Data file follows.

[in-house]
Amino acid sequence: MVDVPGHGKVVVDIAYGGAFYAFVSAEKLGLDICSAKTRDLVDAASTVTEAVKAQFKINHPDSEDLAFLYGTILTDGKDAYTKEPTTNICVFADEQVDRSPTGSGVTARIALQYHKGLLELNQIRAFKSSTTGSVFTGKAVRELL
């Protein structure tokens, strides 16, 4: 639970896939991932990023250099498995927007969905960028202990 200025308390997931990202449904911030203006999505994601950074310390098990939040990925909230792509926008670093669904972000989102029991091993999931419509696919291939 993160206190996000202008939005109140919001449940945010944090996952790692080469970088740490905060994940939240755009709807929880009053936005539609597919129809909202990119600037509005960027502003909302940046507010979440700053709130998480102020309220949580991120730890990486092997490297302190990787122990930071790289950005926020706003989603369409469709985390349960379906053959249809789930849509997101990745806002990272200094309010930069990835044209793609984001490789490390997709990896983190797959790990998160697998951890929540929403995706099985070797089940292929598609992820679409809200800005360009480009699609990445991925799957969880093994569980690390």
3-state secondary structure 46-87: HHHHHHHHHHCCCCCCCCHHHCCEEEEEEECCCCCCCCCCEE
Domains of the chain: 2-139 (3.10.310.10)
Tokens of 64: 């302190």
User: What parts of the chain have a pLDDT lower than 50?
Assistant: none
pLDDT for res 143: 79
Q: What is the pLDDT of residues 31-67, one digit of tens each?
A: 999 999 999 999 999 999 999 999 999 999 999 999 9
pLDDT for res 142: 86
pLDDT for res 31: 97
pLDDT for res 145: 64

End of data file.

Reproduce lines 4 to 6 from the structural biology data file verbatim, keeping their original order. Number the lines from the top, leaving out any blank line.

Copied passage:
3-state secondary structure 46-87: HHHHHHHHHHCCCCCCCCHHHCCEEEEEEECCCCCCCCCCEE
Domains of the chain: 2-139 (3.10.310.10)
Tokens of 64: 């302190």